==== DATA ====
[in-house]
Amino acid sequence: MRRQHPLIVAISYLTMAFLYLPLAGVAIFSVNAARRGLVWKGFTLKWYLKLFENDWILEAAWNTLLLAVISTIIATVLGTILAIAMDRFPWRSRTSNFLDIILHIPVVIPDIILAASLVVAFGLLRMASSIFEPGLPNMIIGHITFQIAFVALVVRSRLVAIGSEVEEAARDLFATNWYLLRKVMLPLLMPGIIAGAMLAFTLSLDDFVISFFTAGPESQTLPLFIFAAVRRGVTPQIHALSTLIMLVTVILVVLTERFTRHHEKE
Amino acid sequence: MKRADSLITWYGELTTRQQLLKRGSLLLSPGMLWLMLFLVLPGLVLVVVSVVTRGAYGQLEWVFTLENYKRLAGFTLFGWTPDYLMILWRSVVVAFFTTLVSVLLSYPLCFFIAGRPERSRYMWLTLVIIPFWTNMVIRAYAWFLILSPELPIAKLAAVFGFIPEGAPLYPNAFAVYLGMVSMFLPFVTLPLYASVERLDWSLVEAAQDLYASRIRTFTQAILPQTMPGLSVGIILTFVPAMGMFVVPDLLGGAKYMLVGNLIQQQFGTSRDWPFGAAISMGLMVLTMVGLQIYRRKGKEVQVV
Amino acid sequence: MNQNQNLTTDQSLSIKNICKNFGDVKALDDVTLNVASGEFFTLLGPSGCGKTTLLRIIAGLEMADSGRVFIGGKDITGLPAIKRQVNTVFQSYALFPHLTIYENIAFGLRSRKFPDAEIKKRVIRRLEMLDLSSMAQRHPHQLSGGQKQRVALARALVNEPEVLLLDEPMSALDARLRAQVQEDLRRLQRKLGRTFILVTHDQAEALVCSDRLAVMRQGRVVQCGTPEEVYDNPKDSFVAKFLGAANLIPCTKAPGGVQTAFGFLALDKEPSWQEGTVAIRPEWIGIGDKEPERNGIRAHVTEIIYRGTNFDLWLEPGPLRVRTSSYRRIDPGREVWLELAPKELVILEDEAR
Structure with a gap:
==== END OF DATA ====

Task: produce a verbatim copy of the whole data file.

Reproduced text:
[in-house]
Amino acid sequence: MRRQHPLIVAISYLTMAFLYLPLAGVAIFSVNAARRGLVWKGFTLKWYLKLFENDWILEAAWNTLLLAVISTIIATVLGTILAIAMDRFPWRSRTSNFLDIILHIPVVIPDIILAASLVVAFGLLRMASSIFEPGLPNMIIGHITFQIAFVALVVRSRLVAIGSEVEEAARDLFATNWYLLRKVMLPLLMPGIIAGAMLAFTLSLDDFVISFFTAGPESQTLPLFIFAAVRRGVTPQIHALSTLIMLVTVILVVLTERFTRHHEKE
Amino acid sequence: MKRADSLITWYGELTTRQQLLKRGSLLLSPGMLWLMLFLVLPGLVLVVVSVVTRGAYGQLEWVFTLENYKRLAGFTLFGWTPDYLMILWRSVVVAFFTTLVSVLLSYPLCFFIAGRPERSRYMWLTLVIIPFWTNMVIRAYAWFLILSPELPIAKLAAVFGFIPEGAPLYPNAFAVYLGMVSMFLPFVTLPLYASVERLDWSLVEAAQDLYASRIRTFTQAILPQTMPGLSVGIILTFVPAMGMFVVPDLLGGAKYMLVGNLIQQQFGTSRDWPFGAAISMGLMVLTMVGLQIYRRKGKEVQVV
Amino acid sequence: MNQNQNLTTDQSLSIKNICKNFGDVKALDDVTLNVASGEFFTLLGPSGCGKTTLLRIIAGLEMADSGRVFIGGKDITGLPAIKRQVNTVFQSYALFPHLTIYENIAFGLRSRKFPDAEIKKRVIRRLEMLDLSSMAQRHPHQLSGGQKQRVALARALVNEPEVLLLDEPMSALDARLRAQVQEDLRRLQRKLGRTFILVTHDQAEALVCSDRLAVMRQGRVVQCGTPEEVYDNPKDSFVAKFLGAANLIPCTKAPGGVQTAFGFLALDKEPSWQEGTVAIRPEWIGIGDKEPERNGIRAHVTEIIYRGTNFDLWLEPGPLRVRTSSYRRIDPGREVWLELAPKELVILEDEAR
Structure with a gap: